7. Yeah, I think it’s been implied before that Ii Ma is not in the Place Without Recourse just because it’s in charge of the place, but because Ii Ma itself is in the “a bit more toward the isn’t” category.

    That’s another distinction between Ii Ma and Anatman, really. Anatman can go to the lands of fable and the borders of the world, but he doesn’t spend all his time there.

    -Eric

  8. Anatman is, in fact, intended to appear a lot closer to reality than the firvuli, the wolf, or Ii Ma. (I’m telling you intent because there isn’t actually a single knock-it-out-of-the-park indicator; having to worry about the midwives seeing him is a big deal, for instance, but not definitive.)

  9. Hmm.

    There was one other thing this one reminded me of, and your saying that about how close Anatman was to reality jogged my memory about it.

    _________________
    “Why, you rotten old Anatman,” he hears future-Anatman say. “You’re a no-person man!”

    A no-person man!

    A philosophical conceit!

    Not a god, not a person, not really anything at all!

    And under the power of those words, just like he’s going to do one day, later, on the day Anatman dies, he finds himself unfolding, unraveling, dissolving and stopping being, because you can’t very well be a god of godlessness or a person of no-persons, after all.
    _______________________

    Reminded me of

    ________________________
    Then he sees the mirror.

    His soul knows its truths. You are nothing, it tells him. A firewood boy. An isn’t.

    “Oh, God,” Martin says.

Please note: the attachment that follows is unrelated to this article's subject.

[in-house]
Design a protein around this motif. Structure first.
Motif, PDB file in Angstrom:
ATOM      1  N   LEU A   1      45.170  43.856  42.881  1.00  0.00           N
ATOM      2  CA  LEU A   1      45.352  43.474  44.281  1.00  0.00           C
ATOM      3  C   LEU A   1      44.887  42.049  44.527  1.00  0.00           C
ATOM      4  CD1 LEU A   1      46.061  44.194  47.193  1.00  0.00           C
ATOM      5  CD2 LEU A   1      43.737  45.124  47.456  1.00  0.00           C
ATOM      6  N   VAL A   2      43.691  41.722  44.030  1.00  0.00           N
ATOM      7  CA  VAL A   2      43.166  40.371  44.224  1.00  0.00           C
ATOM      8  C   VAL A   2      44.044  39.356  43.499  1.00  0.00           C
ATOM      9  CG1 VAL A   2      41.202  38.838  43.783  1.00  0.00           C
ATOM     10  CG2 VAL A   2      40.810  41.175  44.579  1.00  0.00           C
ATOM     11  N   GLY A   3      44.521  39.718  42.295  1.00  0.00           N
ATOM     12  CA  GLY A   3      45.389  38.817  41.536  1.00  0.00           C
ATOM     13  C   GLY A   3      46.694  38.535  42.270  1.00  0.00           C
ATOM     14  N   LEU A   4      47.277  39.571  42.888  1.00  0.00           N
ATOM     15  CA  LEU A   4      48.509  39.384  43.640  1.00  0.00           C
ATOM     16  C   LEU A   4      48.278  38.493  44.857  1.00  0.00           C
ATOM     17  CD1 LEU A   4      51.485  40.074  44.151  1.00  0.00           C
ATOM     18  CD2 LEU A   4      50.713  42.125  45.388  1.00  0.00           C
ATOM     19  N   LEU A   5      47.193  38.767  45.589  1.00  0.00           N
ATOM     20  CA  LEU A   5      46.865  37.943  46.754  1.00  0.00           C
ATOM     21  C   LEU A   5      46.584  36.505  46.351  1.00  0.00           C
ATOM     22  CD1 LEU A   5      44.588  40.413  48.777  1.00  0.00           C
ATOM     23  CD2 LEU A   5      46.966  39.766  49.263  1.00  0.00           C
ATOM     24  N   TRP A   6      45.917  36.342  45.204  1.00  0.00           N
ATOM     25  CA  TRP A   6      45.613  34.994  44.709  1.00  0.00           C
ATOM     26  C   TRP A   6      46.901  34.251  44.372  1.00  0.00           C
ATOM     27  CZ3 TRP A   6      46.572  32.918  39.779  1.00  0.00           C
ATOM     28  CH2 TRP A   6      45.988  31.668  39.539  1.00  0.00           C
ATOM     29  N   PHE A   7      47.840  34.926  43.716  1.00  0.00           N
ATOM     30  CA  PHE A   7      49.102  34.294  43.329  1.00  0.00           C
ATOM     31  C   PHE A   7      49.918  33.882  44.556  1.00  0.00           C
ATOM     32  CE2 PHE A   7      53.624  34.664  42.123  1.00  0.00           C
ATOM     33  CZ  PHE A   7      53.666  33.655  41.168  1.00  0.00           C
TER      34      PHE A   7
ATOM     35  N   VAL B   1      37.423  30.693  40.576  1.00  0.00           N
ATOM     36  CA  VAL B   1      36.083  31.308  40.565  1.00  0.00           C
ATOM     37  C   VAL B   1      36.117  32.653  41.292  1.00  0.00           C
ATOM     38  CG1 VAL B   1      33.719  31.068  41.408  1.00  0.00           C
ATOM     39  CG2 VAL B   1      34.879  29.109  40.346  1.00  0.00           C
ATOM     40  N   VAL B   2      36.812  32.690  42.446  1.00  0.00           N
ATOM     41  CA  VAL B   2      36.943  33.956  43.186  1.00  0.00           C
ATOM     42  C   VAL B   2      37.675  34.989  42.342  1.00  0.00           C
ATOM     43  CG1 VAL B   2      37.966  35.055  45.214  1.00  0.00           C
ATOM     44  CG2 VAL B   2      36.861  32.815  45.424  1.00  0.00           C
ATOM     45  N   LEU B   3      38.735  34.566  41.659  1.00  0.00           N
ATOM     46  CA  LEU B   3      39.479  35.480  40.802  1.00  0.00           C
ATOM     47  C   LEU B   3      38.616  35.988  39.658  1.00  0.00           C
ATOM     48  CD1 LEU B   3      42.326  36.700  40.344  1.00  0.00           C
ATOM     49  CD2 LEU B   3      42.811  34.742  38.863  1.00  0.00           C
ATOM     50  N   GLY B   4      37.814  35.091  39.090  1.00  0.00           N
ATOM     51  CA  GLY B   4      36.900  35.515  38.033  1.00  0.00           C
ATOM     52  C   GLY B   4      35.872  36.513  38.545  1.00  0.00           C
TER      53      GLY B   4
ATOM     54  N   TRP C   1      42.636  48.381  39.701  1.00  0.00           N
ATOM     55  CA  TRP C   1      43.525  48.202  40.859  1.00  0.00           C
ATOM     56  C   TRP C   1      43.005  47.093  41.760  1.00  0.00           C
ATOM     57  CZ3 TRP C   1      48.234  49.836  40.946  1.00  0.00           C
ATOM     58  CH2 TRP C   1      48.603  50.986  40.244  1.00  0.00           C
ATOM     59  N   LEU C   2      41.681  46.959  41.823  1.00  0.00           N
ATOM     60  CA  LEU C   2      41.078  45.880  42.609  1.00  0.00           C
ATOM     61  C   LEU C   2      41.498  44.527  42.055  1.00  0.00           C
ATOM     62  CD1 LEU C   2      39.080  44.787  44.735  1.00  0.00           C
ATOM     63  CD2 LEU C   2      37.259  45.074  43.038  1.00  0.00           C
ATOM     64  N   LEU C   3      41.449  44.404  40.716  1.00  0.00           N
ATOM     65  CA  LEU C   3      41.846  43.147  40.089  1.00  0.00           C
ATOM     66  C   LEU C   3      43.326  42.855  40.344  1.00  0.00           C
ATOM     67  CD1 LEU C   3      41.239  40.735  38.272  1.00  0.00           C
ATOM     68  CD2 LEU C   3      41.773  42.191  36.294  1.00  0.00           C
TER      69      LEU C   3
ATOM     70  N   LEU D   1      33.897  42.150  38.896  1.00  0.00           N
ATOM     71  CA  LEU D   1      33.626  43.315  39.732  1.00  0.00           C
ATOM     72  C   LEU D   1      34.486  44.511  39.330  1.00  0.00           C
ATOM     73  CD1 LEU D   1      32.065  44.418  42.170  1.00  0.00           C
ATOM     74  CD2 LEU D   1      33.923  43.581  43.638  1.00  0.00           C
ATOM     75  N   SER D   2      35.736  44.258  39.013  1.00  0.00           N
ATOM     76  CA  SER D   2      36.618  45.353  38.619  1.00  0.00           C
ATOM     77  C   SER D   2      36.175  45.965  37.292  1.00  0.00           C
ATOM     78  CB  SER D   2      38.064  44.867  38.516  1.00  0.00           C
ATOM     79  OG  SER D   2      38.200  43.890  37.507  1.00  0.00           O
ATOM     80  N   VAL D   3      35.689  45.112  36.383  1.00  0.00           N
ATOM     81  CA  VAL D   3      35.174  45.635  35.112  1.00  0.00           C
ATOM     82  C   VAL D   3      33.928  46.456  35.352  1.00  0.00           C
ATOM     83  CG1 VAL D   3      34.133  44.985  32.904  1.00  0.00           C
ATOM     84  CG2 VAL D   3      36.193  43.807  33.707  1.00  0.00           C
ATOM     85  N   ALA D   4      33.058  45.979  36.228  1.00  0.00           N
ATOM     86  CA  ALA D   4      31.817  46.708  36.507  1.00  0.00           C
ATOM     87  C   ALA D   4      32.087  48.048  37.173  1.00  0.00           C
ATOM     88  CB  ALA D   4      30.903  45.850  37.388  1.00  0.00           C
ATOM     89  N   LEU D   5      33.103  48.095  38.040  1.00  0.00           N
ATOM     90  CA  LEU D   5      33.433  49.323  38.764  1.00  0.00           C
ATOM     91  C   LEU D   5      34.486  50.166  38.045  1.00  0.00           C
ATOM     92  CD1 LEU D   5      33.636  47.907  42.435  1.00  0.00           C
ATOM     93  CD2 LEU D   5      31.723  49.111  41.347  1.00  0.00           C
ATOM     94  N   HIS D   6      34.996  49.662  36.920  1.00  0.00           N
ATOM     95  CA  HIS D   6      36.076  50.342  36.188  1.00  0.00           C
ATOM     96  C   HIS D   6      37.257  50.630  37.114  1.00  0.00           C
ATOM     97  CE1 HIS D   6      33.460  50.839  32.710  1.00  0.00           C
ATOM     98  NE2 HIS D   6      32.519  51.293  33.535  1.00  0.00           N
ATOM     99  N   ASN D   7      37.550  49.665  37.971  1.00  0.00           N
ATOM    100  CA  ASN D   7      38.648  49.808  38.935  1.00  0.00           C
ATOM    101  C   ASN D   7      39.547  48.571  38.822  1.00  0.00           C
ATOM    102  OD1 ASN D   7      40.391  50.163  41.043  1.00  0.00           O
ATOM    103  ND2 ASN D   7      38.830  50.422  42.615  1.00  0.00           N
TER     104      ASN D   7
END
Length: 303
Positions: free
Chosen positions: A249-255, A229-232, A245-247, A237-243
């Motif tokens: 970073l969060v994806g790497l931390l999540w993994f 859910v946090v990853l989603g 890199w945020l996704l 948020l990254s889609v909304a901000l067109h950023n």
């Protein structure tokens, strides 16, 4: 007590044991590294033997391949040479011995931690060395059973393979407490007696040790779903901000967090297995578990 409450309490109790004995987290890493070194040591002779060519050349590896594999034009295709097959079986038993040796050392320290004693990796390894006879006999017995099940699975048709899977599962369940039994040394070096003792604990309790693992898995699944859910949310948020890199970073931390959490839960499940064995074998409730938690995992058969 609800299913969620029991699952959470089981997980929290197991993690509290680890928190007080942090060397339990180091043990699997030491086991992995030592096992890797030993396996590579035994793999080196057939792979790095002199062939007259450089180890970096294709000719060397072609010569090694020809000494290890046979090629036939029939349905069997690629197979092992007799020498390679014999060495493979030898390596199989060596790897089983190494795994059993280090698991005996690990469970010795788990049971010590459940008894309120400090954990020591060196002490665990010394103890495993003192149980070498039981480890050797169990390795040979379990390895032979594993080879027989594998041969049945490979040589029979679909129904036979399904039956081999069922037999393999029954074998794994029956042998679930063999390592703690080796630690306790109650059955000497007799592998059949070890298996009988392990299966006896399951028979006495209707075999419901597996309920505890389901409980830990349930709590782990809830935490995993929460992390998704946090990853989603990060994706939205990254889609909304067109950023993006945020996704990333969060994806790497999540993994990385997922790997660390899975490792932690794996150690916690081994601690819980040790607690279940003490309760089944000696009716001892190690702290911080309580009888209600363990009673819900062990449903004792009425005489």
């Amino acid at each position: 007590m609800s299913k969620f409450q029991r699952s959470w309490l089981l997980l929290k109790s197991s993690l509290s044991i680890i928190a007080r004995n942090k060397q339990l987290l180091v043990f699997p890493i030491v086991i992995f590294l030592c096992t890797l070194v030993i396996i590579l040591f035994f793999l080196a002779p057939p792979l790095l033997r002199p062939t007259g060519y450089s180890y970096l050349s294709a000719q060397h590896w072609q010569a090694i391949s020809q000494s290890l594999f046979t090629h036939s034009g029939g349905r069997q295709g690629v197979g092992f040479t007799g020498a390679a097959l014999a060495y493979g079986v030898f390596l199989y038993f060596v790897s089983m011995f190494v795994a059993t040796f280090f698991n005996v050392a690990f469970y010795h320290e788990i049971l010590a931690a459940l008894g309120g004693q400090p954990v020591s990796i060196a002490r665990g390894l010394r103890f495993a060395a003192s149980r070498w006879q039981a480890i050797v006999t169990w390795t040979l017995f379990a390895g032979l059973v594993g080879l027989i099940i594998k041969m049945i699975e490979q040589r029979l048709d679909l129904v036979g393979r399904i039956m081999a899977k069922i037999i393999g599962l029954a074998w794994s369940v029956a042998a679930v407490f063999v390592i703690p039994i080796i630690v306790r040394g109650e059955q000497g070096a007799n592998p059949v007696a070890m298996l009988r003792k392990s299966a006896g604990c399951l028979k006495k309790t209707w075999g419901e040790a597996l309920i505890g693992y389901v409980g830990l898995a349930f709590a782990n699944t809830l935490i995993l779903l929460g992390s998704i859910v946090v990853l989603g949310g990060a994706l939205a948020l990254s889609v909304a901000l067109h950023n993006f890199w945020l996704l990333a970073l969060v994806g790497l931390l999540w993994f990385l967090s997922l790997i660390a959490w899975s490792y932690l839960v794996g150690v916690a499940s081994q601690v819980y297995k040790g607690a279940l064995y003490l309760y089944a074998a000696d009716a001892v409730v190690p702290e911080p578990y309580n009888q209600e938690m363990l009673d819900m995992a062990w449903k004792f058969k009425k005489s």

Martin is a thirteen-year-old boy. He does not let his tears show. He does not hug the barber. He simply walks out. He finds the gate to the Underworld. He goes in.

    His soul knows its truths. You are nothing, it tells him. A firewood boy. An isn’t.

    It’s his destiny. It’s the law of his nature. It’s his dharma. It’s the truth of his soul that he can’t escape. But then there’s a realization and a decision and a wave of defiance and he laughs.

    “Why,” he says, “you’re just a firewood dharma.”

    Martin puts it aside and he descends.
    _______________________

  10. Martin is so awesome. ^_^

    I’m allowed to say that, right? Even though I wrote him? He’s awesome!

  11. I don’t know why I didn’t think of this sooner: this discussion of Martin’s awesomeness is the place to ask a question I’ve been wondering about for a long time.

    Does Martin have a middle name?

    If he does/did, is it/would it be Stuart?

  12. It would probably be Lockheed.

    If he had one!

    Which he may not bother having, what with their primary purpose being to disambiguate, and there aren’t actually any other Martin Thumbscrews’ on the web, and for Jane to announce loudly when trying to pull moral rank.

  13. It’s his name as a mythic figure, and a sometimes nickname. I don’t think it qualifies as a proper family name.

  14. “Why, you rotten old Anatman,” he hears future-Anatman say. “You’re a no-person man!”

    Right. I think Martin has found the way back from non-existence. That thing you were? That was severed from the world? You don’t have to be that! You could be something else! Wouldn’t you rather? :D